USA - Planting crops delayed again and weather isn’t promising in Indiana

Well, it seemed as though Indiana was starting to dry out, but we knew all along that Thursday during the overnight hours it could change in an instant. And change it did. In the first planting forecast of the season, sponsored by the Indiana Corn and Soybean Checkoffs and First Farmers Bank and Trust, Hoosier Ag Today Chief Meteorologist Ryan Martin says drying out those farm fields in the coming days isn’t likely. “Over the course of the next week to ten days, we don’t see a large-scale push of drying,” he explained. “With the rains that fell this past week, especially Thursday into Friday, we’ve really saturated soils again. We have only about a day’s worth of dry weather before another round of rain comes in to start this week, Monday, Tuesday, Wednesday. Then we put together a couple of dry days, but there’s a little bit of a hiccup as we head into this weekend.” Moisture chances as we close out the week only amount to a quarter of an inch, impacting maybe 60 percent of the state. But Martin says there’s the hiccup, just enough moisture that dry down is severely impeded. “Anytime you bring a little bit more moisture in, you aren’t drying down, so that interrupts a drying stretch that tries to start on Thursday and go through Friday. We’ll get back to dry weather for next Sunday and Monday, but then we gear up for more rain right as we get ready to flip the switch from April into May. I’m not sure we have enough drying weather in here to make significant inroads progress.” Warming temperatures could help with dry down, and most of the next ten days Indiana will be near normal, maybe above normal. Martin cautions the extended forecast tells the full story. “We’ve been talking all along about concern about a late-season frost,” he said. “I am seeing temperatures dip down into the middle or lower 30’s the night of the 2nd into the 3rd in May. Now, if we don’t have much crop in the ground, it probably doesn’t matter, but we still have a push or two of cold air yet to come.” Those cooler temperatures will also slow the dry down process. Bottom line: summon all your patience as the slow 2019 planting season progresses. Source -

USA - Summer weather still impacting farmers as fall harvest begins

It was a summer of significant crop loss for U.S. farmers as drought and severe rain events tore through the country. As the fall harvest season begins, some farmers are still recovering. In Northeast Ohio, harvest season will start late on Jason Schriver’s 300 acres of farmland.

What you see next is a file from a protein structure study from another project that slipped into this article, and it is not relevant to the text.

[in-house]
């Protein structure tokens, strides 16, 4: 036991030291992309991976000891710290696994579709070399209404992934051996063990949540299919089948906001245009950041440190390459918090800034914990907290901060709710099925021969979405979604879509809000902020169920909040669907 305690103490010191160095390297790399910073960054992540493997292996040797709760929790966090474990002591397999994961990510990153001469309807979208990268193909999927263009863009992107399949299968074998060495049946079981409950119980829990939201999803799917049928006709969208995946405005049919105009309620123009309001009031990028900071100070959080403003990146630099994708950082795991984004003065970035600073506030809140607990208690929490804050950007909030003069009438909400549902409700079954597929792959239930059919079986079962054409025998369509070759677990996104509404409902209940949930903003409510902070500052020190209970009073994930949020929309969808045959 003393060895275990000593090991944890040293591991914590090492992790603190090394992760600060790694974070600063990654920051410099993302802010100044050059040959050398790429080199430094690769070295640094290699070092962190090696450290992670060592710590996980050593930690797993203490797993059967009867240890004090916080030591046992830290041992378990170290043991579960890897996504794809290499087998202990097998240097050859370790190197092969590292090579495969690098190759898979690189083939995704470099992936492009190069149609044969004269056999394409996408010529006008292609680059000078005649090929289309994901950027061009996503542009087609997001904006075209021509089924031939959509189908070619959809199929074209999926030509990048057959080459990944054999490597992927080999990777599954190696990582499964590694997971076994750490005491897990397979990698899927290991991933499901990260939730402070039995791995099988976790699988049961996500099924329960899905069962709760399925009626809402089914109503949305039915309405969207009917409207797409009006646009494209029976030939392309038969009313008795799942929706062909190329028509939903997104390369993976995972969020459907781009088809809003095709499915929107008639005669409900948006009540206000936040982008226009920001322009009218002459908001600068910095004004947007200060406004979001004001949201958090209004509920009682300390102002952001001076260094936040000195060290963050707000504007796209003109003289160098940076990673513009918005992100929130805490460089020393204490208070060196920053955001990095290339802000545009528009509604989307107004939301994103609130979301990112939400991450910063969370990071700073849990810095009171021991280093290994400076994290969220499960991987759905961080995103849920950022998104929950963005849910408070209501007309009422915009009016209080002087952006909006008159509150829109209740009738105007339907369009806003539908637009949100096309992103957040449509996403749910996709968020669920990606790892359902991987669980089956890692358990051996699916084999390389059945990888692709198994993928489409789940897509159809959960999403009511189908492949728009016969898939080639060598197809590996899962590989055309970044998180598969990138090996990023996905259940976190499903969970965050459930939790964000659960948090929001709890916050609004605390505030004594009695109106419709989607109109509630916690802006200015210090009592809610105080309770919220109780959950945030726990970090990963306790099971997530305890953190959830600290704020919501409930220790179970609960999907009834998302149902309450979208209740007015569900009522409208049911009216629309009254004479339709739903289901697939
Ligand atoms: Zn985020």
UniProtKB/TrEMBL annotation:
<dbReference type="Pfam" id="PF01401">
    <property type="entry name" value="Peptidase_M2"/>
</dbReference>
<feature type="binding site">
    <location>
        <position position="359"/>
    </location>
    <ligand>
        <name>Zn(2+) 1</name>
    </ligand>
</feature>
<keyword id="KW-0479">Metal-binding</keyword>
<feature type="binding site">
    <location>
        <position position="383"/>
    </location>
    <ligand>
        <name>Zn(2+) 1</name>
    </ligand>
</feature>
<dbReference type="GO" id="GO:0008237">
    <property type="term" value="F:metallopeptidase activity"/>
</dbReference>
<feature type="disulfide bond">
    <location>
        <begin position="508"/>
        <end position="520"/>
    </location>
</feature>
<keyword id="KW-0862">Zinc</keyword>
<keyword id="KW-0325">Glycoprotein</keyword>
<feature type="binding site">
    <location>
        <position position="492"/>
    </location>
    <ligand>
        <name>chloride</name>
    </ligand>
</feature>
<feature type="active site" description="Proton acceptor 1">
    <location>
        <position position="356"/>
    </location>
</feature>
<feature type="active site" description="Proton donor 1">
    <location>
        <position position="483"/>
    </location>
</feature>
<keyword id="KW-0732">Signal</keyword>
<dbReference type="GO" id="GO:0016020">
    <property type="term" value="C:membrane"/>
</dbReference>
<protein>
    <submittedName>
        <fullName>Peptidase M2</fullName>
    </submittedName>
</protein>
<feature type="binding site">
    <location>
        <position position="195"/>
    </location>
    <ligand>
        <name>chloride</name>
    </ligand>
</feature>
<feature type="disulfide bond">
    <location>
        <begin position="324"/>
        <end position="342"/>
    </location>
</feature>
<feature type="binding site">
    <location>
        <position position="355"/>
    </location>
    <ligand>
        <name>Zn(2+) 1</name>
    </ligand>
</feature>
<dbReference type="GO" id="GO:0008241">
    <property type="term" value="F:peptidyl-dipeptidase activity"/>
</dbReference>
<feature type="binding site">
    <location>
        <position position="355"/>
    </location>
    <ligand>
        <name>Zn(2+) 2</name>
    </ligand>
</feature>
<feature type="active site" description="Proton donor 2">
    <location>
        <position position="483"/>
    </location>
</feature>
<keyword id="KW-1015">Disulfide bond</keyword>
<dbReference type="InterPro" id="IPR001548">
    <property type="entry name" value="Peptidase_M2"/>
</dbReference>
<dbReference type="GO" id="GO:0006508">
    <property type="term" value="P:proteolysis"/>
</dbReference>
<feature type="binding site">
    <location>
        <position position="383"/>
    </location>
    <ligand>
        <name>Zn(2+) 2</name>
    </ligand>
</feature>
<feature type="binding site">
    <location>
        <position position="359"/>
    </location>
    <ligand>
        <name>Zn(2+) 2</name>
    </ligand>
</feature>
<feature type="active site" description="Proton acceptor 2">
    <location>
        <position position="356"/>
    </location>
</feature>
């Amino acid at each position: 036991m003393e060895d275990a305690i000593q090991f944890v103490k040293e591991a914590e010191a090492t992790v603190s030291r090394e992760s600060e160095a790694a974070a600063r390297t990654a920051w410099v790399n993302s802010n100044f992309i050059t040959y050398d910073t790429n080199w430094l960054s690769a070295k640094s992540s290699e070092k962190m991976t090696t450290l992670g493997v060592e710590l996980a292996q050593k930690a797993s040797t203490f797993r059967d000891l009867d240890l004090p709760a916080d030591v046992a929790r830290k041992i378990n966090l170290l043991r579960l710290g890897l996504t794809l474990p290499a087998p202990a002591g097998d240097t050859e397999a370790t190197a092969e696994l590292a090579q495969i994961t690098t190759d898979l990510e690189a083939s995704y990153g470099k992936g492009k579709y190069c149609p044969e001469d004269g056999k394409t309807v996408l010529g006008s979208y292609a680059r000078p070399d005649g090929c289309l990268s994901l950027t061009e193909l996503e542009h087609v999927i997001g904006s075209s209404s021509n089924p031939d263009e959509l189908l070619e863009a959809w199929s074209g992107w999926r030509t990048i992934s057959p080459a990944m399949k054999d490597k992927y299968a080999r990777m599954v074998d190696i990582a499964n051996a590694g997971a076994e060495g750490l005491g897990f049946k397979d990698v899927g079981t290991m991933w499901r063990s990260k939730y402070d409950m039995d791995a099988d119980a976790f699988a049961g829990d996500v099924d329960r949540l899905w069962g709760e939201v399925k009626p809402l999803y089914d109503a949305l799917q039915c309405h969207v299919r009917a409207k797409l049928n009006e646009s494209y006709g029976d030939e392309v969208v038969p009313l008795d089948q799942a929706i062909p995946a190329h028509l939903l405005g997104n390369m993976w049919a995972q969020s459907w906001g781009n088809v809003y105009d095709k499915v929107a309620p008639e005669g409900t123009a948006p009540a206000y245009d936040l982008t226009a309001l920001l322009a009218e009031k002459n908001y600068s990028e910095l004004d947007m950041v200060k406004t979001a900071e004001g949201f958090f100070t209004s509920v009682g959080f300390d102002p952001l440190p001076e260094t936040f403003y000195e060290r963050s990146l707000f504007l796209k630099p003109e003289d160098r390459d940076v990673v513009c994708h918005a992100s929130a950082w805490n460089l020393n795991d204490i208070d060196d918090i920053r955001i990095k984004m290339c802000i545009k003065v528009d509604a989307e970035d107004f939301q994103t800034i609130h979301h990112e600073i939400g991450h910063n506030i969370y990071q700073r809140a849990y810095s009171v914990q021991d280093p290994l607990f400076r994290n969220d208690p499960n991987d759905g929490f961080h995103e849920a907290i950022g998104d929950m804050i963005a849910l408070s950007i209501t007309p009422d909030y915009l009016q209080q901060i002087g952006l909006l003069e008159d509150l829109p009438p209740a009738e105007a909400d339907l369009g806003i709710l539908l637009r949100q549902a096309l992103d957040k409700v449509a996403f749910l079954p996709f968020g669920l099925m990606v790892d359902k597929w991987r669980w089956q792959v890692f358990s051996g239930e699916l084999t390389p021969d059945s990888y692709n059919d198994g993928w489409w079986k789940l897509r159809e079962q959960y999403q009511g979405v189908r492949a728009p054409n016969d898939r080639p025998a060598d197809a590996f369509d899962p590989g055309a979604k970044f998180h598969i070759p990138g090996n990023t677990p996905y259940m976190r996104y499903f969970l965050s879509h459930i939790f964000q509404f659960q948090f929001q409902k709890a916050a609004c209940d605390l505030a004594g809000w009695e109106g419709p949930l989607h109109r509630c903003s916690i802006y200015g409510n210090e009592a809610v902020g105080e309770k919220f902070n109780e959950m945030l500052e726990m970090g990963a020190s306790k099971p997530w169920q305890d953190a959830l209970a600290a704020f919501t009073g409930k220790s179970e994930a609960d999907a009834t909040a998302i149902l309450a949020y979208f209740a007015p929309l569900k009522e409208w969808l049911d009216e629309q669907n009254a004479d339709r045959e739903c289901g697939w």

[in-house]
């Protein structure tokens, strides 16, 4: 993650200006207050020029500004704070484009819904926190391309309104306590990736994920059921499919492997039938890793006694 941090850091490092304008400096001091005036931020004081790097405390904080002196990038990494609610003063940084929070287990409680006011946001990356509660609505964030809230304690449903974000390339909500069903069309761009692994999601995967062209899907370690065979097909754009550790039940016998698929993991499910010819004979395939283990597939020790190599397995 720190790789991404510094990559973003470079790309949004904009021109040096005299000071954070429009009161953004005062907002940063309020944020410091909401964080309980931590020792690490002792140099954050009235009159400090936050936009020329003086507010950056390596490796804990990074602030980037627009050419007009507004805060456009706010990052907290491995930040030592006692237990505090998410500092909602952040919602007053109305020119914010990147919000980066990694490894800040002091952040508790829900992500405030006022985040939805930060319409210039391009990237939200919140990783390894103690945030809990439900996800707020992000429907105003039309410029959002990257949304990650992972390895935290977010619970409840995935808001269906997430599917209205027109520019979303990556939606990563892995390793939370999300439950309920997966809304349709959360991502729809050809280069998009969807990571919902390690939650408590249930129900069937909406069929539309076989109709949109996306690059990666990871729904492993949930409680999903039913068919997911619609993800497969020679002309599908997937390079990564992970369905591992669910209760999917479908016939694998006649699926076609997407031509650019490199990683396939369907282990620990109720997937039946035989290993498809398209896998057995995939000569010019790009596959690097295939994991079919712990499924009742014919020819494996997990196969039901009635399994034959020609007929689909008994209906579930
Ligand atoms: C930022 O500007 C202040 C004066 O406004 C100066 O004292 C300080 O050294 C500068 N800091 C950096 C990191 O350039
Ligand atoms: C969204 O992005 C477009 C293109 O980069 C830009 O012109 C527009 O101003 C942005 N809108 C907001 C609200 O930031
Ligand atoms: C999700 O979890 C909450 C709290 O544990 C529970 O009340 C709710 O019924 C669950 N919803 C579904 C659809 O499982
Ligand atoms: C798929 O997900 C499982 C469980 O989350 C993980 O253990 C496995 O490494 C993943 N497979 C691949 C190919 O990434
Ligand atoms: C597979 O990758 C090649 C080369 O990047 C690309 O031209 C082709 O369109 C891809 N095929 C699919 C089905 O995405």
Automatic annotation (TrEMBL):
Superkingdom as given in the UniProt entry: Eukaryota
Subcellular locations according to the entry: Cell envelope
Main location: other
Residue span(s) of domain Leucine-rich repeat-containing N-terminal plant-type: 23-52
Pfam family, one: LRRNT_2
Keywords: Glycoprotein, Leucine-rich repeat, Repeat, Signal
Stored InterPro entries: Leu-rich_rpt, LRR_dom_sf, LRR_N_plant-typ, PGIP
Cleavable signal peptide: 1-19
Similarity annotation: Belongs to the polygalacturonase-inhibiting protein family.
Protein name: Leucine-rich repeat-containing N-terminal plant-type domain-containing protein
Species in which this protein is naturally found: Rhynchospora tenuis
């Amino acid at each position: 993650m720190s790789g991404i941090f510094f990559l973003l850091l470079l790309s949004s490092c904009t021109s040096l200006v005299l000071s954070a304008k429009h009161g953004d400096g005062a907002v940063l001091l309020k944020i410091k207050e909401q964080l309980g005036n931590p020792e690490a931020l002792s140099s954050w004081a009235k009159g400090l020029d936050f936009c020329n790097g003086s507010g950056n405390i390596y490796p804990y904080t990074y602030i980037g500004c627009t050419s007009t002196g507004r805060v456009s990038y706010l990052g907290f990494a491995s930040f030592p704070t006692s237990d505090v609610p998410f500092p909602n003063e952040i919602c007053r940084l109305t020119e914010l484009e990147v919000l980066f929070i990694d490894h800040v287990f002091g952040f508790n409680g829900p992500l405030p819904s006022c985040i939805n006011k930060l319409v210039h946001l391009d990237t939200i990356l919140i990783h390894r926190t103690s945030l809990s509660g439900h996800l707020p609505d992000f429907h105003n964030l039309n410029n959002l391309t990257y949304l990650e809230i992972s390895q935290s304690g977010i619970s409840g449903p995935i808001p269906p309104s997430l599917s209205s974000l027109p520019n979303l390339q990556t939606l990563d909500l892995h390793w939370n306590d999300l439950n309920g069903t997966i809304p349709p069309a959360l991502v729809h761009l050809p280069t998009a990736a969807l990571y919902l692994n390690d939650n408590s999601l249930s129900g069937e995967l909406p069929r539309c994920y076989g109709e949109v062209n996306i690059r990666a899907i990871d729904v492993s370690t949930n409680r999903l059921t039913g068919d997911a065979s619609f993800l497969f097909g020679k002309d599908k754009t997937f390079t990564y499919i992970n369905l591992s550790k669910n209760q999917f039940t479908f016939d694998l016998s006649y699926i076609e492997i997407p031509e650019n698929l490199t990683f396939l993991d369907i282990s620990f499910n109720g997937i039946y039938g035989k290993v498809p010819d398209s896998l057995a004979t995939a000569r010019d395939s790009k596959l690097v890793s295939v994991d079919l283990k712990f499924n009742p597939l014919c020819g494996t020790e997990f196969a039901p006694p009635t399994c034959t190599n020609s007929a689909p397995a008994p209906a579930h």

Philippines - Agriculture damage due to Maring now over P1B

The damage left to the country’s agriculture sector by Severe Tropical Storm Maring after ravaging northern Luzon and parts of the Visayas has risen to more than a billion pesos, the Department of Agriculture (DA) said Friday.


USA - Storms down fungus-infected crops

A combination of fungus and this week’s stormy weather is ravaging crops. We first told you about tar spot on Monday. It has been devasting to farmers. “Going into this, this should have been one of the best crops the guy has ever raised in to see it now flat,” said Marc Eads, farming consultant. 


India - Exposed at sea, fishers need better insurance to manage climate risks

Rufino Possa, 52, a fisher from Uttan, a coastal village in north Mumbai, returned home on October 2, after 12 days at sea, four days more than he planned. The rough seas churned up by Cyclone Gulab towards the end of September meant that he could not find any catch. 


USA - Idaho sees 40 percent reduction in 2021-2022 onion crop

Idaho onions have finished with harvest and one grower says there’s a 40 percent reduction in the crop over last year. "I attribute it to five different things,” says Shay Myers of Parma, ID-based Owyhee Produce. “There was record dry weather, record windy weather, record high temperatures, record smoke-filled skies and a record labor shortage.”


China - Apple supply at risk due to hailstorms in Shaanxi Province

Last month, the average price of Chinese apples rose by 1.7% m-o-m to USD 1,115/MT due to several extreme weather events in the northwest of China. China is the world’s largest producer of apples, accounting for almost half of global production.


Time will tell if challenging 2021 grape harvest affects wines across world

The heady aroma of crushed grapes (must, as it is known in the industry) is filling the air of wineries across the Northern Hemisphere. Starting as early as August in some regions, and continuing into October in others (depending on varietal and climate), the 2021 grape harvest is shaping up to be one for the record books—not all of it in a good way.


India - No MSP procurement of Bajra in state, farmers facing losses up to Rs 1000 per quintal

The Bajra (Millet) producing farmers of Rajasthan are facing a loss of up to Rs 900-1000 per quintal as there is no MSP (minimum support price) procurement of the crop in the state till now. The issue is heating up as the neighbouring state Haryana is not only procuring it but giving price differences to the Bajra producing farmers.